|Most of us have used the old adage “Watch where you’re going” with the intention of helping someone avoid falling or tripping or otherwise hurting or embarrassing themselves. We would do well to make a spiritual application of this adage as well, and the Bible, in different words, admonishes us to do just that.
Brethren, I do not count myself to have apprehended; but one thing I do, forgetting those things which are behind and reaching forward to those things which are ahead, I press toward the goal for the prize of the upward call of God in Christ Jesus.
By faith Moses, when he became of age, refused to be called the son of Pharaoh’s daughter, choosing rather to suffer affliction with the people of God than to enjoy the passing pleasures of sin, esteeming the reproach of Christ greater riches than the treasures in Egypt; for he looked to the reward.
Add to these the verses in Psalm 121 which tell us to lift our eyes to where our help comes from. Also, Colossians 3 says to set our minds on things above. In these passages, we can see that the Bible is constantly telling us to watch where we’re going as we live in this messed up and broken world. For we are going to a city whose builder and maker is God.
We, as Christians, have the answer to one of life’s big questions – is this life all there is? The answer is clearly “no”, but an even greater answer is that the best is yet to come. Where we are going Jesus described in John 14 as the Father’s house in which are many mansions. Revelation 20 tells us this city is one of pure gold with gates of single pearls and foundations of precious stones. This is incredible information about the construct of where we are going, allowing our minds’ eyes to formulate pictures of such a place.
We also need to remember that where we are going is a place where we will be different. We will and must be changed to inhabit the eternal city whose builder and maker is God.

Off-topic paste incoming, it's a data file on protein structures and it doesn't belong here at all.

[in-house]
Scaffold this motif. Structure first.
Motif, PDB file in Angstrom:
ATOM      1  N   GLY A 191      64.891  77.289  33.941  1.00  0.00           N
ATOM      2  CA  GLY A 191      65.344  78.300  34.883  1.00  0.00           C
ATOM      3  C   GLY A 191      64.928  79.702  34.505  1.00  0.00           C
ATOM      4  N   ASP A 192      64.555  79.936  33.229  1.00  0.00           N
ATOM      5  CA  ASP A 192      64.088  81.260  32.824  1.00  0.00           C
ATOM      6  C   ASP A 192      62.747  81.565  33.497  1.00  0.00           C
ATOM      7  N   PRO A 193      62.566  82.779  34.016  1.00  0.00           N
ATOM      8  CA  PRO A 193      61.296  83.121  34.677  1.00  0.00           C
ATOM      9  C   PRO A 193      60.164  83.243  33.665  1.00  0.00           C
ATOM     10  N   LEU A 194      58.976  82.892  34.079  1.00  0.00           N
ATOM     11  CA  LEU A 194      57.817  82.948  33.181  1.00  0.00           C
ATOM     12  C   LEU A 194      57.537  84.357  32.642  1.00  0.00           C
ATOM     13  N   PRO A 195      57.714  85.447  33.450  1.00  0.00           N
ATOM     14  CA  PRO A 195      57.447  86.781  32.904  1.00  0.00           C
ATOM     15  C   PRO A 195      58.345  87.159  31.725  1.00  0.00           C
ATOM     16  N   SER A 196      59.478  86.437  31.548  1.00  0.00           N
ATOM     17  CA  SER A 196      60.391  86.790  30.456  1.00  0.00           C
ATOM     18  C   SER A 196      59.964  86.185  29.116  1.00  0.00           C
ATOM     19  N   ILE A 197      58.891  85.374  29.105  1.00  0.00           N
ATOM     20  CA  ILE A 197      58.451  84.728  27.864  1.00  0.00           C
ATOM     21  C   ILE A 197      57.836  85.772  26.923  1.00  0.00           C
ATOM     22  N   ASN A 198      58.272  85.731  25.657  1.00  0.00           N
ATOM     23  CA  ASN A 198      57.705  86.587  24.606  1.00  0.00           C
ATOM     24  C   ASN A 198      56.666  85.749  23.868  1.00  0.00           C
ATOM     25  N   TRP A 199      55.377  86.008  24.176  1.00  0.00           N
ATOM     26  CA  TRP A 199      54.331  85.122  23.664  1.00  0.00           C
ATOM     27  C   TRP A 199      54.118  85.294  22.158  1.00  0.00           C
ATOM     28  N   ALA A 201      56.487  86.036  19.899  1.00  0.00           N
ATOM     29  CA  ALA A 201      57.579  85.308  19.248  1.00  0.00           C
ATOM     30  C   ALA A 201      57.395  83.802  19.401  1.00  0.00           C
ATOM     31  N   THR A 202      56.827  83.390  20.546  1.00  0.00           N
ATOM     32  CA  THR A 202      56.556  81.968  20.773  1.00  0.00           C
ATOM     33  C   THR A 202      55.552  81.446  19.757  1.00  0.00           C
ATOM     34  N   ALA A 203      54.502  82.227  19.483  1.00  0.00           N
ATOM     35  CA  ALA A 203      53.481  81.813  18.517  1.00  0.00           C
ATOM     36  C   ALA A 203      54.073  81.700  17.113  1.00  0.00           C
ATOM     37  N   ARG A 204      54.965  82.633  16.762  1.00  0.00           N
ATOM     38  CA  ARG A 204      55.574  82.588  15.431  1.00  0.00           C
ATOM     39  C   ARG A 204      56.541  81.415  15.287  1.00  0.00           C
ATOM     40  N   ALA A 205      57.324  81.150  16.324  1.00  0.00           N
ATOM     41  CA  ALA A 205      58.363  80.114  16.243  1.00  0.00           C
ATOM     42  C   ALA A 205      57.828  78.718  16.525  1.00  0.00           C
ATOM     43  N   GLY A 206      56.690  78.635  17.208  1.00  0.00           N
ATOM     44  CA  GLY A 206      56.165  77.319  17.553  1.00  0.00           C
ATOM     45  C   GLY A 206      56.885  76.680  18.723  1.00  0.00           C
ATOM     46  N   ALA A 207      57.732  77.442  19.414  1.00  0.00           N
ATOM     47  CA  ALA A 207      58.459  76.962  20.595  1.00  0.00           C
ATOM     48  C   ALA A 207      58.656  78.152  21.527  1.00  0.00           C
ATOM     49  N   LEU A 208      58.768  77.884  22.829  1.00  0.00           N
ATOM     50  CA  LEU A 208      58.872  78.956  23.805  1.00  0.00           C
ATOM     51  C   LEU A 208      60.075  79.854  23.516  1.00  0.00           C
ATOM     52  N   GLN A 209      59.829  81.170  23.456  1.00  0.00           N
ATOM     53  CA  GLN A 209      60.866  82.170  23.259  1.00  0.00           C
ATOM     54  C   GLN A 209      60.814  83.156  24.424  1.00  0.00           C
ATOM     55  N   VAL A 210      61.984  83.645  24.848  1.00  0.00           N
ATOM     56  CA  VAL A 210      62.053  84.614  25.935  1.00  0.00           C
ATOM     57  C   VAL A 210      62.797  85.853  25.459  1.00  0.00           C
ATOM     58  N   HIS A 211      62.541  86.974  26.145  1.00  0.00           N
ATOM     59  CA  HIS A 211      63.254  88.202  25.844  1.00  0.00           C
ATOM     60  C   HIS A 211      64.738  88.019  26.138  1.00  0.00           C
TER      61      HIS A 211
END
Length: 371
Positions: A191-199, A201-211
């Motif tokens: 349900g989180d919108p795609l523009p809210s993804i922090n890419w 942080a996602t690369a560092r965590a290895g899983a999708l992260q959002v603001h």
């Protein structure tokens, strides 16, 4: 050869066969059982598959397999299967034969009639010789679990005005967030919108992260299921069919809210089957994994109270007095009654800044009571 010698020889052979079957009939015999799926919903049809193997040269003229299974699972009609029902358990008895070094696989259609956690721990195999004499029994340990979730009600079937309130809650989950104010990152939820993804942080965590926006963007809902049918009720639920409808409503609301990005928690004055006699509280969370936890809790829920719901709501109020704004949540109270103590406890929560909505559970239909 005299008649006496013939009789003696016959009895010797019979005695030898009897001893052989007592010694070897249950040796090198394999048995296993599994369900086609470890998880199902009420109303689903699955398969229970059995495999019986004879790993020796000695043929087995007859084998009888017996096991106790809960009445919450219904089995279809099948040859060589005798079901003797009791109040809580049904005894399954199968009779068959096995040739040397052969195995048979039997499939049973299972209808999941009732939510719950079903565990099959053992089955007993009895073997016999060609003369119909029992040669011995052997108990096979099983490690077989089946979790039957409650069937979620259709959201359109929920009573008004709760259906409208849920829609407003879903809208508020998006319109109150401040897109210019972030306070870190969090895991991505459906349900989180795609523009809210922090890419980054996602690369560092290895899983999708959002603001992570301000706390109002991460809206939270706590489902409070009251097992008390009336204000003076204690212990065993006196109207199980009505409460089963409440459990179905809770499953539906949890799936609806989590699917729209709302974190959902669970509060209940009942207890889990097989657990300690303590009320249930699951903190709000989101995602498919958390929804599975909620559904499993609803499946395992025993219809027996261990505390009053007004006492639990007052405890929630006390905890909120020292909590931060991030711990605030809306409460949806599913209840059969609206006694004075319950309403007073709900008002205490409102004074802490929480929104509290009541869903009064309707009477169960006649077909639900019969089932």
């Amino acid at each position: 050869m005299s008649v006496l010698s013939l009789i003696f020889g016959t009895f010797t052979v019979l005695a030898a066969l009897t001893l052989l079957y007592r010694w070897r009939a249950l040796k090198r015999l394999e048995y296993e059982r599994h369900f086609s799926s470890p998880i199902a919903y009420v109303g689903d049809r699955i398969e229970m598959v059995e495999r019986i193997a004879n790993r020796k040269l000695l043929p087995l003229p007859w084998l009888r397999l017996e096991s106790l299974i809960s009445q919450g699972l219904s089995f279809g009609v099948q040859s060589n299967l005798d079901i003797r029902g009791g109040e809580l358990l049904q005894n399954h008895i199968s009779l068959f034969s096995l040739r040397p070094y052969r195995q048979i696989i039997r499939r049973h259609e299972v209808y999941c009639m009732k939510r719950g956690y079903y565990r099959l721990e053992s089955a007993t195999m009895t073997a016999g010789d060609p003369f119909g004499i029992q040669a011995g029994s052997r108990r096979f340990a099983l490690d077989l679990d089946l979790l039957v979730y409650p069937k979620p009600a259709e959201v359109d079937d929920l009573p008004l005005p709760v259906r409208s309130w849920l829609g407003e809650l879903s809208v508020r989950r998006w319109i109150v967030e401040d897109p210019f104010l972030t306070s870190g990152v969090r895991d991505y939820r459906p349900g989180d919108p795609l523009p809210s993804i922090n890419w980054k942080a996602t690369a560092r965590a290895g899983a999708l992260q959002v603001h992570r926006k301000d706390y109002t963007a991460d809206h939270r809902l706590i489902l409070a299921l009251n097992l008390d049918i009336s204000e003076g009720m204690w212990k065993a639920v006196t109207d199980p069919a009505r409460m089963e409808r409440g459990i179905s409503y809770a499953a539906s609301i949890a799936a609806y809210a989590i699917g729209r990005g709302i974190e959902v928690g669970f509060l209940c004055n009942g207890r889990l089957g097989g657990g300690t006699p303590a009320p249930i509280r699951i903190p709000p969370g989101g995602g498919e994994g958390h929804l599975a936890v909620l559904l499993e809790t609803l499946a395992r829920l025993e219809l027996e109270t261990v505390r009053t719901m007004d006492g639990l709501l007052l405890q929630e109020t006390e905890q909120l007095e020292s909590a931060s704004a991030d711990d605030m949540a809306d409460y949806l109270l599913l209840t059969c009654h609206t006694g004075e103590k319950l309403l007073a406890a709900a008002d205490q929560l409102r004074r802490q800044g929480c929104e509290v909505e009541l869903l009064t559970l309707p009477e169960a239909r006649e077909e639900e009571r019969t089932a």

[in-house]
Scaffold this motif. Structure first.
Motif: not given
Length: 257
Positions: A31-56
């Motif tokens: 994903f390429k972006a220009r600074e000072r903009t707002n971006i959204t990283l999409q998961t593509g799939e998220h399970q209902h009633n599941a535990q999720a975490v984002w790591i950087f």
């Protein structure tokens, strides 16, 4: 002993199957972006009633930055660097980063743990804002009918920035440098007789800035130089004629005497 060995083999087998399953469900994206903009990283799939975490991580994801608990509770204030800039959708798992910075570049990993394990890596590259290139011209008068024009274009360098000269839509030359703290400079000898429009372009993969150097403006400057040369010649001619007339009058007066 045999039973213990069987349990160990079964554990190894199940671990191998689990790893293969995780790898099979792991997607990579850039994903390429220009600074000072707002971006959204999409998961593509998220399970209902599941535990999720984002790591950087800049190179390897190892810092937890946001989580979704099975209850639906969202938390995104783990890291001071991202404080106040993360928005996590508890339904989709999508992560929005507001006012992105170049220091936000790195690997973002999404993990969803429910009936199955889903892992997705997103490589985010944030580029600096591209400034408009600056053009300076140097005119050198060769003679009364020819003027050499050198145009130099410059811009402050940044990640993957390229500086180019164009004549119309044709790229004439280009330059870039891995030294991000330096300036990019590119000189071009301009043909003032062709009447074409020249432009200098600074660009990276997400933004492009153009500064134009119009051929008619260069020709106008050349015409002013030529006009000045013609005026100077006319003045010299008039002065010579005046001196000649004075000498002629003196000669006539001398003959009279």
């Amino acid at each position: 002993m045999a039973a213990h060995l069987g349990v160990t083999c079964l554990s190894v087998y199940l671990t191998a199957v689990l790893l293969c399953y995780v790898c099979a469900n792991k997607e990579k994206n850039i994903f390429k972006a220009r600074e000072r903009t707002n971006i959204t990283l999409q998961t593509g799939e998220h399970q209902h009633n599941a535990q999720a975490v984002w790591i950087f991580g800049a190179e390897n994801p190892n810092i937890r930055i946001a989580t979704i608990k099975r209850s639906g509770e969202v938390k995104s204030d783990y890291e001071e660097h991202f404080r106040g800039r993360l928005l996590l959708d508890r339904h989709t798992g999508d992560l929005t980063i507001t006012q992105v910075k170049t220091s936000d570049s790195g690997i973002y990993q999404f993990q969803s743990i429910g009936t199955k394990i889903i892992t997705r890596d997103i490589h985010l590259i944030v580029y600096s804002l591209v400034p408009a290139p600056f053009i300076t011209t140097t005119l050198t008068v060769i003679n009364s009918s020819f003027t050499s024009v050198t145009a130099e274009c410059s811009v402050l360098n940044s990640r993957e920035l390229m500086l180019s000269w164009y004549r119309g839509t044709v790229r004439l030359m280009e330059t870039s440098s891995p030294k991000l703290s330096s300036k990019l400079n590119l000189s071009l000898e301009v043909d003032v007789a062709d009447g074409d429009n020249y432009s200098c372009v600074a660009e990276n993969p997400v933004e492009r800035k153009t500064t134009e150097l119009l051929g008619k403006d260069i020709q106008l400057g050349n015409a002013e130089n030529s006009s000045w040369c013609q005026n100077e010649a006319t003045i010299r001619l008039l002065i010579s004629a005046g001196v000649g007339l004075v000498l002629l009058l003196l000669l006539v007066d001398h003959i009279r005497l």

For our citizenship is in heaven, from which we also eagerly wait for the Savior, the Lord Jesus Christ, who will transform our lowly body that it may be conformed to His glorious body, according to the working by which He is able even to subdue all things to Himself.
Paul describes these new bodies as immortal and incorruptible in 1 Corinthians 15, and he also gives us a very important detail about our transition to where we are going:
1 Corinthians 15:51-52
Behold, I tell you a mystery: We shall not all sleep, but we shall all be changed— in a moment, in the twinkling of an eye, at the last trumpet. For the trumpet will sound, and the dead will be raised incorruptible, and we shall be changed.
Anyone who has more of life behind them than ahead of them looks forward to this “body upgrade” with great anticipation. An instantaneous change from mortal to immortal, from an aging body to one that never ages. These marvelous changes are something to look forward to and another reason to watch where you’re going – otherwise known as keeping our eyes on the prize.
Yet even with the amazing construction materials God uses in building this city, even with the incredible new bodies that await us, we still need to remember that where we are going is unlike this life in many other ways.
Now I saw a new heaven and a new earth, for the first heaven and the first earth had passed away. Also there was no more sea. Then I, John, saw the holy city, New Jerusalem, coming down out of heaven from God, prepared as a bride adorned for her husband. And I heard a loud voice from heaven saying, “Behold, the tabernacle of God is with men, and He will dwell with them, and they shall be His people. God Himself will be with them and be their God. And God will wipe away every tear from their eyes; there shall be no more death, nor sorrow, nor crying. There shall be no more pain, for the former things have passed away.”
We are currently living in a very painful season of human history: wars and rumors of war abound, good is called evil and evil good, the moral character of mankind has degraded significantly, divorce is brutalizing marriages, babies are aborted in the womb, cancer and disease are ravaging the bodies of many. God is belittled and disparaged, as are His people. It seems as though things could not get any worse.
So what do we do in times such as these? Watch where you’re going, keep looking up, and wake up each day with this on your mind:
For the grace of God that brings salvation has appeared to all men, teaching us that, denying ungodliness and worldly lusts, we should live soberly, righteously, and godly in the present age, looking for the blessed hope and glorious appearing of our great God and Savior Jesus Christ, who gave Himself for us, that He might redeem us from every lawless deed and purify for Himself His own special people, zealous for good works.
The way to handle the pains and problems of this present age is by remembering our blessed hope. The hope that stems from Jesus’ promise to come again and receive us unto Himself so that where He is we may be also could be fulfilled today.
Even so, come quickly Lord Jesus